smallest element of S.
(Uniqueness): Suppose that (q, r) and (q 0, r0) both satisfy the conclusion
of the Theorem. Then
kq + r = kq 0 + r0
since both sides are equal to j. Rearranging gives:
r0 − r
(q − q ) =
• The right-hand side must be an integer (why?)
• We know that 0 ≤ r0 < k and −k < −r ≤ 0. Adding these together
gives −k < r0 − r < k.
• Thus −1 <
r 0 −r
< 1. What does this tell us?
(Uniqueness, continued):
• The only integer between −1 and 1 is zero.
r 0 −r
• We thus have
= 0, which immediately gives r0 = r. This trick is
available precisely because we’ve restricted ourselves to integer values.
• It also follow that q − q 0 = 0. In other words, q = q 0.
This proof contains a common method for showing that a certain object is
unique (in this case, the pair (q, r)): assume you have two things satisfying
a given condition, and show that those two things must be equal.
Divisibility (Section 2-2)
Definition. Given an integer n and a nonzero integer d, we say that d
divides n if there is an integer c such that n = cd. We write d | n if d
divides n, and d - n if d does not divide n.
• Note that “d | n is equivalent to “ nd is an integer.” However, you are
advised to avoid using fractions in problems about divisibility.
• In terms of the Division Lemma, “d | n” is equivalent to “n leaves
a remainder of zero when divided by d.” Keep this in mind: many
divisibility proofs use this idea.
• Divisibility is one of the key concepts of this course. It leads to the idea
of congruence (modulo n), which will be another central theme.
Exercise: Properties of Divisibility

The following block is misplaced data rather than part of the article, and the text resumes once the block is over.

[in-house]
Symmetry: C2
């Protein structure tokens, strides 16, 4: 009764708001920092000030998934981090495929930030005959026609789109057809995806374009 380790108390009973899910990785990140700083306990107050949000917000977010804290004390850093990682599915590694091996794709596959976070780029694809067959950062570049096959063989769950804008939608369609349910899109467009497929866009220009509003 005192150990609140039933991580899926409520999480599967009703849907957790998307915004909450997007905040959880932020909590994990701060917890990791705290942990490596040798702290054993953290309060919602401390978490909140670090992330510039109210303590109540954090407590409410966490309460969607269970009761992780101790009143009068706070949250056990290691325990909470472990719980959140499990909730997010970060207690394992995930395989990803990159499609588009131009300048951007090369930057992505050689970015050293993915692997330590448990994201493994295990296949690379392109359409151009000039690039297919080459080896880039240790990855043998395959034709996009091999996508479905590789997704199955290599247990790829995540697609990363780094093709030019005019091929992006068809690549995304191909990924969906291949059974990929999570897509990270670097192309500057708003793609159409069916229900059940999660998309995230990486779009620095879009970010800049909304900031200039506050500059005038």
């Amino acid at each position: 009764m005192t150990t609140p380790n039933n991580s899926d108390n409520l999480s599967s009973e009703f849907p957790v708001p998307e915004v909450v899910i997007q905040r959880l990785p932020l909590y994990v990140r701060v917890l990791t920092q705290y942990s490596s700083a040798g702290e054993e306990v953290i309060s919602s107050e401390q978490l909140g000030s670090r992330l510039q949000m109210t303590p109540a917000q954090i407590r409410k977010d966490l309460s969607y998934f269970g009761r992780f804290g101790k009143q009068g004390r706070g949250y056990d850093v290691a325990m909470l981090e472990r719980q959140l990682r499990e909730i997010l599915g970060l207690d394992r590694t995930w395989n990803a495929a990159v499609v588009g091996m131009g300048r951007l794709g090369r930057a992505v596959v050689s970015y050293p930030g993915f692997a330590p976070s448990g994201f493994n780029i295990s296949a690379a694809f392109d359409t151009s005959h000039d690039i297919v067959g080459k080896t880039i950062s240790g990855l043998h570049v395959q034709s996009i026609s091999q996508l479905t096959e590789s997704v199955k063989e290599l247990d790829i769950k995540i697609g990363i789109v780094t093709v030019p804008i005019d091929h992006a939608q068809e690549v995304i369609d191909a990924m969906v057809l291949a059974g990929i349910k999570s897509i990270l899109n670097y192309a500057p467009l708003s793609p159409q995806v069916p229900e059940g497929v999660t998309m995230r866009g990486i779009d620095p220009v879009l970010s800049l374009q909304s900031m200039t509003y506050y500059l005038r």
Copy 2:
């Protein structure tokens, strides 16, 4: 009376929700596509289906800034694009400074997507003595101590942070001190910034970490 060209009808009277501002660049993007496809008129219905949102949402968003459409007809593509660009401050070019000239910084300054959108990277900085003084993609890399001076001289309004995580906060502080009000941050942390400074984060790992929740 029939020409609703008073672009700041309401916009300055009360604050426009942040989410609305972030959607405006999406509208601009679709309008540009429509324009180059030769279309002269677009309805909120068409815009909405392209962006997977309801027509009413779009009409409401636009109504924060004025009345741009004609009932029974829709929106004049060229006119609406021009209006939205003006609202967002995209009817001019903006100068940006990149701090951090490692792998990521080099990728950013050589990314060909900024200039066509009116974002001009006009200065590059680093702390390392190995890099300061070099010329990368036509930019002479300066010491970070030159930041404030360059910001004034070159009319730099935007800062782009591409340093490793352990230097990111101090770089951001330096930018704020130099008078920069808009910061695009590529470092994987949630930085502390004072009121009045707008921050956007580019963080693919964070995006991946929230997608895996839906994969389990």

Prove these directly from the definition (do not use fractions!):
• If a is a nonzero integer, then a | 0 and 1 | a.
• If a | b and b | c, then a | c.
• [IMPORTANT!] If d | a and d | b, then d | (am + bn) for any m, n ∈ Z.
• If a | b and b | a, then a = ±b.
Find positive integers a, b, c such that a | bc, but a - b and a - c.
Greatest Common Divisor/Factor
• You know from basic arithmetic that, given two integers, we can find
their greatest common divisor (or greatest common factor ).
• One way to find a g.c.d. is using prime factorization. For example:
– 1512 = 23 · 33 · 7
– 4410 = 2 · 32 · 5 · 72
– gcd(1512, 4410) = 2 · 32 · 7 = 126
• This is not always so simple. Try finding
– gcd(18, 42) (easy!)
– gcd(629, 1517) (more work!)
We use the following definition of gcd(a, b):
Definition (2-1). Let a and b be two integers, not both zero. The greatest
common divisor of a and b is a positive integer d which satisfies the
following properties:
1. d | a and d | b. In other words, d is a common divisor of a and b.
2. For any positive integer c for which c | a and c | b, we have c | d.
Thus, any common divisor of a and b must also divide d.
• This definition is easier to use in practice.
• It can be shown that if d satisfies this definition and c is any common
divisor of a and b, then d ≥ c.
The Euclidean Algorithm
It turns out that we can compute a gcd without using prime factorization.
For example, we find gcd(1517, 629) by repeated use of the Division Lemma: